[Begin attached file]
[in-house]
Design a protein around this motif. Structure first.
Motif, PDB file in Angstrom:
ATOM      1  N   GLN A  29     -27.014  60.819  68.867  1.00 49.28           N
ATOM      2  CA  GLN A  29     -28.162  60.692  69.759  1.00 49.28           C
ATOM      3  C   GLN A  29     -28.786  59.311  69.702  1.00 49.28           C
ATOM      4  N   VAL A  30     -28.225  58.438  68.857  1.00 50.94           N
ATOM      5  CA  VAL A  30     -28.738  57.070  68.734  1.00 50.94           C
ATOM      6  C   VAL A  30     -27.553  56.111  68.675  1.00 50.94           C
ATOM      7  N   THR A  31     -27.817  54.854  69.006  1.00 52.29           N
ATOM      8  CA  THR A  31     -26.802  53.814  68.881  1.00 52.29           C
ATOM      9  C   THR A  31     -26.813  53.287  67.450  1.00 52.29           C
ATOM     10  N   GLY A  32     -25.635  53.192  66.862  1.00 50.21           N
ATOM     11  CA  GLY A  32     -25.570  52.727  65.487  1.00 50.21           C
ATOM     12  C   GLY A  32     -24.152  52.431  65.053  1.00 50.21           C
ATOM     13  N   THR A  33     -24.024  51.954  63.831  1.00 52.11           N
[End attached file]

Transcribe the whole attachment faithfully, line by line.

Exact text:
[in-house]
Design a protein around this motif. Structure first.
Motif, PDB file in Angstrom:
ATOM      1  N   GLN A  29     -27.014  60.819  68.867  1.00 49.28           N
ATOM      2  CA  GLN A  29     -28.162  60.692  69.759  1.00 49.28           C
ATOM      3  C   GLN A  29     -28.786  59.311  69.702  1.00 49.28           C
ATOM      4  N   VAL A  30     -28.225  58.438  68.857  1.00 50.94           N
ATOM      5  CA  VAL A  30     -28.738  57.070  68.734  1.00 50.94           C
ATOM      6  C   VAL A  30     -27.553  56.111  68.675  1.00 50.94           C
ATOM      7  N   THR A  31     -27.817  54.854  69.006  1.00 52.29           N
ATOM      8  CA  THR A  31     -26.802  53.814  68.881  1.00 52.29           C
ATOM      9  C   THR A  31     -26.813  53.287  67.450  1.00 52.29           C
ATOM     10  N   GLY A  32     -25.635  53.192  66.862  1.00 50.21           N
ATOM     11  CA  GLY A  32     -25.570  52.727  65.487  1.00 50.21           C
ATOM     12  C   GLY A  32     -24.152  52.431  65.053  1.00 50.21           C
ATOM     13  N   THR A  33     -24.024  51.954  63.831  1.00 52.11           N